Transcreation is a relatively new concept in the world of translation. While translation strives to transmit the content of a document from one language to another, transcreation places its focus on recreating the effects of the original document, making room for nuances and emotions. This involves making substantial changes to the original source material.
Transcreation becomes all the more relevant for brands that want to establish a global presence or move out of their home market. A global expansion strategy calls for an understanding of the local roots in order to draw in customers and grab a substantial share of the market.
Adapting to different cultures is one of the key reasons for marketing behemoths like McDonald’s finding huge success in new markets. Like their famous mascot has a slightly modified name in Japan. So, Ronald McDonald was named Donald McDonald (due to the absence of clear”r” sound in Japanese). The menu is changed as per the local taste preferences too. So while you get rice burgers (McRice) in Singapore; you have pita bread in Arabia (McArabia).
Doing this helps the company establish a bond with its customers. Cultural adaptation gives an assurance to a brand’s consumers that the product was expressly designed for them and is able to connect with them at an emotional level too.
Although it is usually understood, it is especially important to highlight the word culture. In transcreation, also called advertising translation, it is essential to have a deep understanding of the culture of the target market. When your content speaks to its audience in a language they connect with, it helps them easily identify with the brand.
In addition, if we take into account the fact that advertising campaigns are raised and launched with the clear objective of selling more when moving the ad to any other place in the world, the intention will still be the same. For this reason, transcreation must appeal to certain cultural factors, such as humor or pun, and the predominant values in a given society, which are also part of the culture.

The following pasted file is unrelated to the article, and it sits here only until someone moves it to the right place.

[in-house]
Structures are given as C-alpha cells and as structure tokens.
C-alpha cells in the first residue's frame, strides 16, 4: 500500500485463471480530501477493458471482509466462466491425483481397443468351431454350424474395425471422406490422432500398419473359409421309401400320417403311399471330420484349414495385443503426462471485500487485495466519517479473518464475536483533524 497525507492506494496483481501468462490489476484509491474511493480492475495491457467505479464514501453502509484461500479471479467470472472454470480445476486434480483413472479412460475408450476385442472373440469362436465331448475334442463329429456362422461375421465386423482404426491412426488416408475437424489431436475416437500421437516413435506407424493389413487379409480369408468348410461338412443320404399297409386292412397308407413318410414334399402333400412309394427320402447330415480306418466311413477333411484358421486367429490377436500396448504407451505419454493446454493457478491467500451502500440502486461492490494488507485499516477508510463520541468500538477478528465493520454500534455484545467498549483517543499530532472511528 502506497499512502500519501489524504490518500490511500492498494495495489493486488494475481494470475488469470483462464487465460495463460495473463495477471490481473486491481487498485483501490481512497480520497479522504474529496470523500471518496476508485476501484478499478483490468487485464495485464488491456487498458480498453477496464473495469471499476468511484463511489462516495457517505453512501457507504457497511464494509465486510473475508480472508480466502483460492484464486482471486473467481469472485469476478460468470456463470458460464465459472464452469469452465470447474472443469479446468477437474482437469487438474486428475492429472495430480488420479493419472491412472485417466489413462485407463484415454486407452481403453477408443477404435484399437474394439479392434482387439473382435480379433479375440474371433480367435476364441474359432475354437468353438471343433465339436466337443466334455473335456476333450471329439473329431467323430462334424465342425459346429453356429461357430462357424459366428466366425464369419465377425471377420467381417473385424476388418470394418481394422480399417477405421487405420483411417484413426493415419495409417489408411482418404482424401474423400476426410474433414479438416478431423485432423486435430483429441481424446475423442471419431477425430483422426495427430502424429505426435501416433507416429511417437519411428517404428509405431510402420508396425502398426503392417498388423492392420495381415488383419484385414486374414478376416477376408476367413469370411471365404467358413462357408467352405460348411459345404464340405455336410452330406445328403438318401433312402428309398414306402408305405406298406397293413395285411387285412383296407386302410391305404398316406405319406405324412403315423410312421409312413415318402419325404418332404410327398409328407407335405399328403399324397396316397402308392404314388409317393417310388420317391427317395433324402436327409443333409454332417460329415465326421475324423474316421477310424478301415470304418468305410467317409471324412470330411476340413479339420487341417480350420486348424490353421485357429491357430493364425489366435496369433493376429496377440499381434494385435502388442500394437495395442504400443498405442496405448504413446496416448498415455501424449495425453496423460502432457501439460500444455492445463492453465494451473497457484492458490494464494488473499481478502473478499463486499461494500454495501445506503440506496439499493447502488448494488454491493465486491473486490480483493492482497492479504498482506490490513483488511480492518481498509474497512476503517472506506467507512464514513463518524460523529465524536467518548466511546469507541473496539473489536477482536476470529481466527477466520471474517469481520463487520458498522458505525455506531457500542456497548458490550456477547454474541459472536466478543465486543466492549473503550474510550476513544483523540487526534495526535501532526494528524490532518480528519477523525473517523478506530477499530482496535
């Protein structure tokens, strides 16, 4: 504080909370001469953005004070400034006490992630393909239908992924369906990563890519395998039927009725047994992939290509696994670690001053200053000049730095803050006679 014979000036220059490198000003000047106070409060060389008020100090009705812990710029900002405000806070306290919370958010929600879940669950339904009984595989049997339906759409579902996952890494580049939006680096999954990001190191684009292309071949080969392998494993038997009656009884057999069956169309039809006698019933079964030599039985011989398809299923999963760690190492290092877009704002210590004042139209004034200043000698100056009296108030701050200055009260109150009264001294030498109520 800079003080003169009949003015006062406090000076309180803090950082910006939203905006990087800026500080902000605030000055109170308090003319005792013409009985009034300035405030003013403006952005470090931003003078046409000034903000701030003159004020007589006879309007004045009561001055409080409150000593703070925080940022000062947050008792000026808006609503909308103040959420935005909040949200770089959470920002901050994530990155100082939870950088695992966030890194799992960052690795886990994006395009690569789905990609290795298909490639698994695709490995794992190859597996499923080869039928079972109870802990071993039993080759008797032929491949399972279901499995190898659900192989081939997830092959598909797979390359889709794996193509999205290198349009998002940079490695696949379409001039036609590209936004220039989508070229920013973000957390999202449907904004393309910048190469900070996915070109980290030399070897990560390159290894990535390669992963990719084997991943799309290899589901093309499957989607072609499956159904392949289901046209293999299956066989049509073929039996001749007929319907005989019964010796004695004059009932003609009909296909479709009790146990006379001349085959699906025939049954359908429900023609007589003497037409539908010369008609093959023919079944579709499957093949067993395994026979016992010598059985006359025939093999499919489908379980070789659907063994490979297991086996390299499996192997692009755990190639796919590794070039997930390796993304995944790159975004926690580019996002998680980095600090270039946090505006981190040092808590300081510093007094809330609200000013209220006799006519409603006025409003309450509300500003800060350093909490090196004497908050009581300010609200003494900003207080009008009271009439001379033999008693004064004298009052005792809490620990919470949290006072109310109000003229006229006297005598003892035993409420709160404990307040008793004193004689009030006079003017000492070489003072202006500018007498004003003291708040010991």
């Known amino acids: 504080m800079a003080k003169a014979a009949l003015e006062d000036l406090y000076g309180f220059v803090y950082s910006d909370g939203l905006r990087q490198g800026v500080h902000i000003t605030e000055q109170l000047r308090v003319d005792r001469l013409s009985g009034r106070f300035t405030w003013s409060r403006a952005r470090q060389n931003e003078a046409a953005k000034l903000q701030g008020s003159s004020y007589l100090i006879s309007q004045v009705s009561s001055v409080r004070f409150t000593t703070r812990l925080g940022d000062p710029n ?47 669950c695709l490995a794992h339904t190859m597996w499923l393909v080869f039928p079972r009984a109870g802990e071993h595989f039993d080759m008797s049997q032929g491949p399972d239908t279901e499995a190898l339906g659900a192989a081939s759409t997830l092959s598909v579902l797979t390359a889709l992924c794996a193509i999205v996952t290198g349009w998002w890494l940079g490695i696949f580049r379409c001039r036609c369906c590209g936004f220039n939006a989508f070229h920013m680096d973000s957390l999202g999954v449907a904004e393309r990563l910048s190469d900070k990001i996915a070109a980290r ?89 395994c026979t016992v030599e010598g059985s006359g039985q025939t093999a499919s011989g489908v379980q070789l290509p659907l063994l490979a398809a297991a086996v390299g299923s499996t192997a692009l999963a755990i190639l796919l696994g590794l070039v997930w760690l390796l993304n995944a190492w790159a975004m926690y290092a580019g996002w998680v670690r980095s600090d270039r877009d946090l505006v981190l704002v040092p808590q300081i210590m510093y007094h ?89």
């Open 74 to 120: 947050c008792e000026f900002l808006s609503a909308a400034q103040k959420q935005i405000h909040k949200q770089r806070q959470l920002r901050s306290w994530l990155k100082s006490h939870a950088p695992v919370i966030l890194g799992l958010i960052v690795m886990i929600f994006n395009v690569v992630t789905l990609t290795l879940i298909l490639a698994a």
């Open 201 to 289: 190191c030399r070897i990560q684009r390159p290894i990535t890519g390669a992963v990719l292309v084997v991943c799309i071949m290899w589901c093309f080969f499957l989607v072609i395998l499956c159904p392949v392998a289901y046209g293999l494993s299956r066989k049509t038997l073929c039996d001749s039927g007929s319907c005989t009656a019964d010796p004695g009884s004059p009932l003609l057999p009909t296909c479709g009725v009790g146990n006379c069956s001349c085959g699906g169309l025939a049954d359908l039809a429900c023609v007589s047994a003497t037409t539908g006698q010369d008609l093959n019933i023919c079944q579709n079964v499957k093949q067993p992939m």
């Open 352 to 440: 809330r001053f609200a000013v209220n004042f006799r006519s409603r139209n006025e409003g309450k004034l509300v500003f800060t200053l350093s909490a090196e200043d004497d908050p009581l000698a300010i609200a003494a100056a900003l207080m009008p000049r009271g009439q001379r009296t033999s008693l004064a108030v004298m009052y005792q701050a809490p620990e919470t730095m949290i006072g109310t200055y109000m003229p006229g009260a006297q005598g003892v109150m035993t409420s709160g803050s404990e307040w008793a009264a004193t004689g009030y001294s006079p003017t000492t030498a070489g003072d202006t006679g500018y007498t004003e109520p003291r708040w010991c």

Therefore, in marketing, culture is a fundamental element to consider. However, it is not the only one. Emotion also plays a decisive role when it comes to acquiring a product or choosing a service. If a consumer feels connected with the values that the brand promotes, they are more likely to choose it over others.
Transcreation, therefore, combines language, emotions and culture. As is evident, a process with so many aspects to take into account presents a high degree of complexity.
Such services are provided by translation companies like Kocarek GmbH, an ISO 17100-certified company based in Germany. The company has a service code comprising thorough knowledge of the target market. Kocarek’s experts know how to capture possible nuances of meaning, double meanings or negative connotations that, most likely, are not included in a dictionary. You can also expect a firm grip on the colloquial language, taboo expressions, signs and values of a society in their service.
These factors ensure that elements such as the logo, the name of the product or the slogan are not only adequate but also precisely convey a company’s key messages.
This ability, combined, of course, with the language skills and knowledge leads to the creation of successful advertising campaigns in other countries, an aspect this company specializes in.
The bottom line? While a good transcreation job can open new markets and consumer base for a company, a poorly done job can have a totally opposite effect. It is essential for a business to localize its communication, a communication that brings together local awareness with relevant local content. No shortcuts, please!